Eventually it is possible that the criterion for death will be the permanent and irreversible loss of cognitive function, as evidenced by the death of the cerebral cortex. All hope of recovering human thought and personality is then gone given current and foreseeable medical technology.
Inthe Terri Schiavo case brought the question of brain death and artificial sustenance to the front of American politics. Even by whole-brain criteria, the determination of brain death can be complicated.
EEGs can detect spurious electrical impulses, while certain drugshypoglycemiahypoxiaor hypothermia can suppress or even stop brain activity on a temporary basis. Because of this, hospitals have protocols for determining brain death involving EEGs at widely separated intervals under defined conditions.
Legal death The death of a person has legal consequences that may vary between different jurisdictions. A death certificate is issued in most jurisdictions, either by a doctor, or by an administrative office upon presentation of a doctor's declaration of death.
Premature burial Antoine Wiertz 's painting of a man buried alive There are many anecdotal references to people being declared dead by physicians and then "coming back to life", sometimes days later in their own coffin, or when embalming procedures are about to begin.
From the midth century onwards, there was an upsurge in the public's fear of being mistakenly buried alive,  and much debate about the uncertainty of the signs of death.
Various suggestions were made to test for signs of life before burialranging from pouring vinegar and pepper into the corpse's mouth to applying red hot pokers to the feet or into the rectum.Race is a Significant Factor in the Death Penalty As a society we cannot change the past, but we can act to transform our future.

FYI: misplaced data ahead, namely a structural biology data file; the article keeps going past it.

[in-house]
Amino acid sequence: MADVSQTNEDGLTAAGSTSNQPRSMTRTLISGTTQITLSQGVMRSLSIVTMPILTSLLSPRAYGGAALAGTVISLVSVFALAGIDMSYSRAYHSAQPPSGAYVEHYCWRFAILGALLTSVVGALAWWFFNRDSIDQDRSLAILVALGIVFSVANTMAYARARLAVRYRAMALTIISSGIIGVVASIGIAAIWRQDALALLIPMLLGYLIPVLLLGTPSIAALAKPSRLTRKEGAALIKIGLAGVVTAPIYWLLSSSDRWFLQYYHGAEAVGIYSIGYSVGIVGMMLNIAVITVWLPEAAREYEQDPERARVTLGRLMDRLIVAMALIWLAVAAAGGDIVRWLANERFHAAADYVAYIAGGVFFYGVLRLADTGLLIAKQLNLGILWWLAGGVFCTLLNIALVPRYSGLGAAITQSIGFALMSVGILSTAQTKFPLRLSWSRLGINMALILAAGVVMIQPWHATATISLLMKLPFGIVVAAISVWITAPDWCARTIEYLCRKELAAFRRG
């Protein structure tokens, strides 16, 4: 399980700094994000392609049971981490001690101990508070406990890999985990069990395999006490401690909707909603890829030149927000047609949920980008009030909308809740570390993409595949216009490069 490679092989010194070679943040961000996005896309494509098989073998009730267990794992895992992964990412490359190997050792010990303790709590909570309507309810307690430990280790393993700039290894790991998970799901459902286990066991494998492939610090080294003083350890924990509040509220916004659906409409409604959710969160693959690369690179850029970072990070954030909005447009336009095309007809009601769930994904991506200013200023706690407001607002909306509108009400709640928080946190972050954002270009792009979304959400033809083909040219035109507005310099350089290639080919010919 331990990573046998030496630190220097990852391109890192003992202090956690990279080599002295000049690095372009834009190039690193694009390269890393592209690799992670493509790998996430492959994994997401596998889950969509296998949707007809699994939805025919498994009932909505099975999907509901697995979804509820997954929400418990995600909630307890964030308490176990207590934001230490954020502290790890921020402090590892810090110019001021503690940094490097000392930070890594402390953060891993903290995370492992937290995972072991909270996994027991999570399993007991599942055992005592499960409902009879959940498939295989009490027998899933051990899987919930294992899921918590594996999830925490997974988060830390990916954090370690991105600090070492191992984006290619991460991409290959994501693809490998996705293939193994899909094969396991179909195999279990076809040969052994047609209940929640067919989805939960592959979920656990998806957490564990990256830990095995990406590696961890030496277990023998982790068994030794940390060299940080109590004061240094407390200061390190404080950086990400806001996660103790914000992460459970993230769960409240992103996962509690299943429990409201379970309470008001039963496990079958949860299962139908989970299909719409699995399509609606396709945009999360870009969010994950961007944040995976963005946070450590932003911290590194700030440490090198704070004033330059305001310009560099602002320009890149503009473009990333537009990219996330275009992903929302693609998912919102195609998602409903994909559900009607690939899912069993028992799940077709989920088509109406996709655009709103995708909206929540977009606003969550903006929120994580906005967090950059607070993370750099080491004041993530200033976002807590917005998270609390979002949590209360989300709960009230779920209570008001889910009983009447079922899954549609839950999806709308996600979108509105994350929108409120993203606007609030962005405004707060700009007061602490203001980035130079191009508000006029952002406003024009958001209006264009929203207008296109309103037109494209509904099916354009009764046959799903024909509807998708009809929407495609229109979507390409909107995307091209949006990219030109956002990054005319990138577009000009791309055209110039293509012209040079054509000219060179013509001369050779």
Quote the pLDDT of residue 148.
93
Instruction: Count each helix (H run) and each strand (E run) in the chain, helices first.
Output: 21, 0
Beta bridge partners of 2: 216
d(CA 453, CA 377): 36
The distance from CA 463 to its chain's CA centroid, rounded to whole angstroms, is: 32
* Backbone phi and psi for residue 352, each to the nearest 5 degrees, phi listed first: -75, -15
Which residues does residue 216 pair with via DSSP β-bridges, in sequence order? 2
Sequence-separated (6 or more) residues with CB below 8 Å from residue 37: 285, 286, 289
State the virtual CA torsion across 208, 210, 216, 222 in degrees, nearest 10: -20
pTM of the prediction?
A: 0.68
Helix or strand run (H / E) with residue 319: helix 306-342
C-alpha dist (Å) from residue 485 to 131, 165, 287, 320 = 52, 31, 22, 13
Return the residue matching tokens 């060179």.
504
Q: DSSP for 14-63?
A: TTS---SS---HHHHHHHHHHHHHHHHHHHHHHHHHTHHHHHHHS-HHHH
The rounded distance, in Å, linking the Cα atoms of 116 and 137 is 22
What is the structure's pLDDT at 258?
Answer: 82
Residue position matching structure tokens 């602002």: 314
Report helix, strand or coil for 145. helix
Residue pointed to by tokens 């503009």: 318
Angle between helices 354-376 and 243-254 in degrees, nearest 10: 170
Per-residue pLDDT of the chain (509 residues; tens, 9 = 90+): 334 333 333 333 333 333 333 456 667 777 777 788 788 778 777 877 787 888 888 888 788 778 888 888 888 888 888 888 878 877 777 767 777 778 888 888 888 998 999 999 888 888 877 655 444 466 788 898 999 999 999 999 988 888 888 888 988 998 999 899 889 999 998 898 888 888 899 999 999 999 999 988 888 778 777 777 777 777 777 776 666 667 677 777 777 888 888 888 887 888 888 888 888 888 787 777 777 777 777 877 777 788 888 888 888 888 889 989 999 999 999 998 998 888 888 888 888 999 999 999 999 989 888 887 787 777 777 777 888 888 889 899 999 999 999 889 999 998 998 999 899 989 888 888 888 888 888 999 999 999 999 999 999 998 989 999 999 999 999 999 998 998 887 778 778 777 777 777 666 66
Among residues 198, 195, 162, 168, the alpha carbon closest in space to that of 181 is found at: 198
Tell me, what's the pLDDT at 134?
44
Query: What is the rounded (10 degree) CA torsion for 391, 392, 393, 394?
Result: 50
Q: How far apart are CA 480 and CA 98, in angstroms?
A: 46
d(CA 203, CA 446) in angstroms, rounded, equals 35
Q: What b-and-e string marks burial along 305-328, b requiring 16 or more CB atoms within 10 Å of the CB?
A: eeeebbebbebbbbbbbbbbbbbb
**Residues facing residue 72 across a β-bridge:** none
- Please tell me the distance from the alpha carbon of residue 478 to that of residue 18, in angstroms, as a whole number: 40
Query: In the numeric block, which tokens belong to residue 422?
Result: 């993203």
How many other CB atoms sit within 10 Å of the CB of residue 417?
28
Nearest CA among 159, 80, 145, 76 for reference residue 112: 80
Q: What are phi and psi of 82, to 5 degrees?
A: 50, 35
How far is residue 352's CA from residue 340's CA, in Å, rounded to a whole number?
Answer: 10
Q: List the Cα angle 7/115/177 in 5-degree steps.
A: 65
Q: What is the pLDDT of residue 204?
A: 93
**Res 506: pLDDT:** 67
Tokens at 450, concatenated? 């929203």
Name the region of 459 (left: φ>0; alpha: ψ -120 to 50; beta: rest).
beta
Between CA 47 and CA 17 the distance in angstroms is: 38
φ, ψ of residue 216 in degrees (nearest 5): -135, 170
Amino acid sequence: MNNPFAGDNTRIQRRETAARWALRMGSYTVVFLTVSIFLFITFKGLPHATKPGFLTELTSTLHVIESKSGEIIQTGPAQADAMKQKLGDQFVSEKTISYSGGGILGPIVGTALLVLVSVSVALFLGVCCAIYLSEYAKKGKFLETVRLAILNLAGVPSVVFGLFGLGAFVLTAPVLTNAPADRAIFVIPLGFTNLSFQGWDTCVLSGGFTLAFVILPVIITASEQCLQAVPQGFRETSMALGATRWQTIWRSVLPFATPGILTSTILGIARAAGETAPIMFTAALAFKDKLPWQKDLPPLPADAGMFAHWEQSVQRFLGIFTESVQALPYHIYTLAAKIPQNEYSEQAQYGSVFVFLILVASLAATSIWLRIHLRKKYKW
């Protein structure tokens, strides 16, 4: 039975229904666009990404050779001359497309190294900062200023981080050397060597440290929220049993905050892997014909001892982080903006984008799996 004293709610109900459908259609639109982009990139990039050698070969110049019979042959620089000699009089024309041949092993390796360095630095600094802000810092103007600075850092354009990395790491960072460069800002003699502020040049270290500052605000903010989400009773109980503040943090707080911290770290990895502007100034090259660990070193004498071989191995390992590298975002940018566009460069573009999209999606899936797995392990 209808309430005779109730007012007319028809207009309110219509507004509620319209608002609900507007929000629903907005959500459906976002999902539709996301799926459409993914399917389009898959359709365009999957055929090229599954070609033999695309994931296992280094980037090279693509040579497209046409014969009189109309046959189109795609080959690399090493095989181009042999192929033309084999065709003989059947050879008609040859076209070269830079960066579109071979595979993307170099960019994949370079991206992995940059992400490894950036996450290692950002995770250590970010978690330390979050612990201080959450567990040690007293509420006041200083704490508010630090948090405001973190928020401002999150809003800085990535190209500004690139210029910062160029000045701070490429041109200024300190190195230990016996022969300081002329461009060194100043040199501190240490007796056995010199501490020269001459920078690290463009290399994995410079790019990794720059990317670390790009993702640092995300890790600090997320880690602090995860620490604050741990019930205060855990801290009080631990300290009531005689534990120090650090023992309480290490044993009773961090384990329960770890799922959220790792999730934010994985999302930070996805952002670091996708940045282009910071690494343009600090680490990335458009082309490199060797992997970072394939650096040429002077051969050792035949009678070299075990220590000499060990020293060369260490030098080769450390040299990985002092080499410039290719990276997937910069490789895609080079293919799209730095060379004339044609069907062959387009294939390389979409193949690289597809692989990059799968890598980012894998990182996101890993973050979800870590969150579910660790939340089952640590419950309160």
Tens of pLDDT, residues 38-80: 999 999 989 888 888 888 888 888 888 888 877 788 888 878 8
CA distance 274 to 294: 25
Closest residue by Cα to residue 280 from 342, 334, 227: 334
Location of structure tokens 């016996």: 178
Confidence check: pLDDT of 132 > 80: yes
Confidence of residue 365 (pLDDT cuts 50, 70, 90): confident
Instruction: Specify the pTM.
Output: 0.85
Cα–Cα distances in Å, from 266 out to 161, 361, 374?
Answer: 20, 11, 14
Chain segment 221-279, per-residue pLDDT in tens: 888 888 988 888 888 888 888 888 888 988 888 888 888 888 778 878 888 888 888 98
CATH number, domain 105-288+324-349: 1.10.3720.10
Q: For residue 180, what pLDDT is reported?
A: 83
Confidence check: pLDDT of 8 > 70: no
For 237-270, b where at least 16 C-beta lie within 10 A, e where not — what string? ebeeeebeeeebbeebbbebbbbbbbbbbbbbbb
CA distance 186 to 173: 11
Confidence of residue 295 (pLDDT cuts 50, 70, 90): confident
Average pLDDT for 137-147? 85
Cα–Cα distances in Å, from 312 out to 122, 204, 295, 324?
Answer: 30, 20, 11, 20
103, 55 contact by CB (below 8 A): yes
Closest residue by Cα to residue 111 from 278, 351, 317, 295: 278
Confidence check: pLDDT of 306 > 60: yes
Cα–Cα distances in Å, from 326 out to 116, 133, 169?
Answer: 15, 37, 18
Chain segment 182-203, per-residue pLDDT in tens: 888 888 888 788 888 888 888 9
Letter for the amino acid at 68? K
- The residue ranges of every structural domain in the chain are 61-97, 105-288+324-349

Studies spanning more than 30 years, covering virtually every state that uses capital punishment, have found that race is a significant factor in death penalty cases. A study of death sentences in Connecticut conducted by Yale University School of Law revealed that African-American defendants receive the death penalty at three times the rate of white defendants in cases where the victims are white.
Death is the cessation of all biological functions that sustain a living organism. Phenomena which commonly bring about death include aging, predation, malnutrition, disease, suicide, homicide, starvation, dehydration, and accidents or major trauma resulting in terminal injury.
In most cases, bodies of living organisms begin to decompose shortly after death. 🔥Citing and more! Add citations directly into your paper, Check for unintentional plagiarism and check for writing mistakes.
by Richard C. Dieter, Esq. Executive Director, Death Penalty Information Center June It is tempting to pretend that minorities on death row share a fate in no way connected to our own, that our treatment of them sounds no echoes beyond the chambers in which they die.
Such an illusion is ultimately corrosive, for the reverberations of injustice are not so easily confined. Listen to DPIC's Podcast on Race Racial bias has always been a significant issue in death penalty debates. There have been many careful statistical studies indicating that race plays a significant role in determining who lives and who dies.